A French Muslim of Tunisian origin who drove at four soldiers outside a mosque on Friday has admitted that he wanted to kill and be killed “to appear like a martyr,” according to a prosecutor. The 29 year old was heard shouting “Allah is great!” as he carried out the attack.
An examination of the perpetrator’s home computer has revealed “jihadist propaganda images” of a type which can be “can be accessed by anyone using the Internet,” prosecutor Alex Perrin has told AFP. Yet officials are ruling out terrorism, insisting that the motivation for the attack remains unclear.
Perrin described the man as “a practicing Muslim, but not radical,” the Local has reported.
One soldier and an elderly Muslim man were injured during the attack, which took place on Friday afternoon in Valence, south east France.
Witnesses said the perpetrator, since identified as Raouf el Ayab, accelerated his Peugeot station wagon into four soldiers who were standing guard outside the local mosque between Friday prayer sessions.
As he backed up for a second run at the group the soldiers fired on the car, hitting Ayab in the arm and leg. An elderly bystander was also hit in the leg by a stray bullet.
Ayab, an unemployed resident of Lyon, had been visiting in-laws in Valence for a few days at the time of the attack. Following treatment for his injuries he was questioned in hospital on Saturday and appeared confused, but “has not materially contested” the facts as being “that in actual fact he wanted to run over the soldiers, to attack them, to possibly kill them as well,” Perrin said.
Ayab told emergency services attending the scene that “he wanted to be killed by soldiers and to kill soldiers… a way for him to appear like a martyr,” but he “stepped back” from that statement during a meeting with the examining magistrate on Sunday, saying he only wanted to “run over” the soldiers.
During his questioning Ayab had appeared “rather confused,” Perrin said, and had claimed to have targeted the soldiers “because they kill people”. Yet despite the evidence, Perrin added “The terrorism line of investigation has been ruled out for now [as] nothing points to membership of a network of any kind.”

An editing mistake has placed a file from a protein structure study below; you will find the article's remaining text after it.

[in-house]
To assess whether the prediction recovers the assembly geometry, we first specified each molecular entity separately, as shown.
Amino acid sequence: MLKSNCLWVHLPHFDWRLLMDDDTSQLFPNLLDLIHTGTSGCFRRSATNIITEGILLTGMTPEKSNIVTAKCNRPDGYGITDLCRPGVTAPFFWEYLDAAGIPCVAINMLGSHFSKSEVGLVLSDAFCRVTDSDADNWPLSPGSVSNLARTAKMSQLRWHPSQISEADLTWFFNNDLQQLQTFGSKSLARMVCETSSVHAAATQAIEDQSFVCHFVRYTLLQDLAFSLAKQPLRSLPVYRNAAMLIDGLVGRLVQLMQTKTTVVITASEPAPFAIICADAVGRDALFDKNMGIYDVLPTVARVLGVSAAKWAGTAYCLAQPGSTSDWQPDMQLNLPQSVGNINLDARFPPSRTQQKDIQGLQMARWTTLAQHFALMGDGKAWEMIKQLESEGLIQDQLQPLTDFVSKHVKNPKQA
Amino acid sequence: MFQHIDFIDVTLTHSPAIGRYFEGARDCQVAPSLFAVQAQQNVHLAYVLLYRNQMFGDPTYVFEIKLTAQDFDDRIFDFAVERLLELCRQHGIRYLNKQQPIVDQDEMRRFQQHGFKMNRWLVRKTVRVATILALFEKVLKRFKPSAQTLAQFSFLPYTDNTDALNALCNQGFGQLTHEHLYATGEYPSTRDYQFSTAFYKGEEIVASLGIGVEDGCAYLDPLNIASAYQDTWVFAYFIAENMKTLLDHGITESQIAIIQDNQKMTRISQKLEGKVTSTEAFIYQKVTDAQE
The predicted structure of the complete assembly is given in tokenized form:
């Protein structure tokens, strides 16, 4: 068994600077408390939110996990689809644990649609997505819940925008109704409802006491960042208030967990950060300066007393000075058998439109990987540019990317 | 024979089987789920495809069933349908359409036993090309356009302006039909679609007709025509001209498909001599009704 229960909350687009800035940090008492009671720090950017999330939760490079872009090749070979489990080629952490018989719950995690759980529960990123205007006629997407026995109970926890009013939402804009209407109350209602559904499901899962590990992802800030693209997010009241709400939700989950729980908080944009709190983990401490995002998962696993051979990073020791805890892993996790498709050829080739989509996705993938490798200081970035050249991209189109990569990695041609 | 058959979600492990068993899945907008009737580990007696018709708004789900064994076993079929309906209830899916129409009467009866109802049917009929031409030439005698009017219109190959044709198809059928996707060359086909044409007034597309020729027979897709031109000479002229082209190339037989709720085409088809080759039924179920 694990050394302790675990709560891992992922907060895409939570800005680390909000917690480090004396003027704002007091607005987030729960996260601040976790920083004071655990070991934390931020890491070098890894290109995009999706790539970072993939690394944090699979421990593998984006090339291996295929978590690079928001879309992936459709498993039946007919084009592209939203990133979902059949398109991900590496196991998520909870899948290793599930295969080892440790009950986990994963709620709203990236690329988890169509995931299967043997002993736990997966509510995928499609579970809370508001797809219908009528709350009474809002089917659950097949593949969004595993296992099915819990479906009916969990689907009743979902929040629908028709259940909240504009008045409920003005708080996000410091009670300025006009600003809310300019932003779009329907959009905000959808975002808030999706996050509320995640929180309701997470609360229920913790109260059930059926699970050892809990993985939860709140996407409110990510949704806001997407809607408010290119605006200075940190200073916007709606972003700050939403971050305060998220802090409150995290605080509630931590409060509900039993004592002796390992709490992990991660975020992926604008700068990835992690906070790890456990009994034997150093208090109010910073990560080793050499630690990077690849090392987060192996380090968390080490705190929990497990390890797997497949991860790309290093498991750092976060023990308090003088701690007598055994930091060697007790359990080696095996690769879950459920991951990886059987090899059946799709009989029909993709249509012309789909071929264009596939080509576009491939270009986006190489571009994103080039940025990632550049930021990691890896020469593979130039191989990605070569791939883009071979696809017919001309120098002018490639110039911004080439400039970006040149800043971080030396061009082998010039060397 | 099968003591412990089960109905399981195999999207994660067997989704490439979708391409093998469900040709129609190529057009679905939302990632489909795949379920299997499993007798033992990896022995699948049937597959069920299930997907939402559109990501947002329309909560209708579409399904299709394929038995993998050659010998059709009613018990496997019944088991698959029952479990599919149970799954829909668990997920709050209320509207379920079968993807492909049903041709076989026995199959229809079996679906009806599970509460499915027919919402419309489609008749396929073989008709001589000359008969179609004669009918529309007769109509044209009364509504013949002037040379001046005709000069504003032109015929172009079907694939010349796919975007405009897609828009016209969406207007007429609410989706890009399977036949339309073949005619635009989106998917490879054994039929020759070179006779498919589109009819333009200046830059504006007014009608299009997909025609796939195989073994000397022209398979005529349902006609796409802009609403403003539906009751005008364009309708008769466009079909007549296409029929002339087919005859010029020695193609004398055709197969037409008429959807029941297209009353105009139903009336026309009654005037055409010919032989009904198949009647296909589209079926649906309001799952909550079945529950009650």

Over the last year, however, Islamic State has been calling on Muslims in Europe to carry out lone wolf attacks of this kind via their online propaganda.
An audio message released on 21 September 2014 saw Abu Mohammed al-Adnani, an Islamic State spokesman, instruct Islamic State supporters to carry out attacks in the west – no matter how crude. Since then, there has been a marked increase in Islamic terrorism in the west including in Europe, Australia and America.
According to a recent report by the Henry Jackson Society, between July 2014 and August 2015 there were 32 IS plots in the west, taking aim at targets across 10 separate countries, and involving 58 individuals of 14 separate nationalities. A total of 13 attacks took place overall.
“In the majority of plots (a total of 24 cases, or 75 percent), there was no proof of contact with IS fighters or leaders; but the group’s ideology or propaganda was integral to each schemes’ inspiration,” author Robin Simcox said. “In terms of nationality, 38 of the 58 individuals (66 percent) were known to be citizens of the country they were targeting.”
Moreover, only one of the 32 plots involved individuals who had received training or fought in a combat zone (thought to be Syria), whereas 84 percent of the plots involved use of the internet. More specifically, in 14 of the plots, material accessed online was known to have played a role in radicalising the perpetrator, or inspiring the attack.
According to Perrin, Ayab had no criminal record, was not flagged by the security services and did not have any history of psychiatric illness. However, he “is said to have used the words ‘Allah is great,’ which shows an association to a particular religious sentiment,” Perrin added.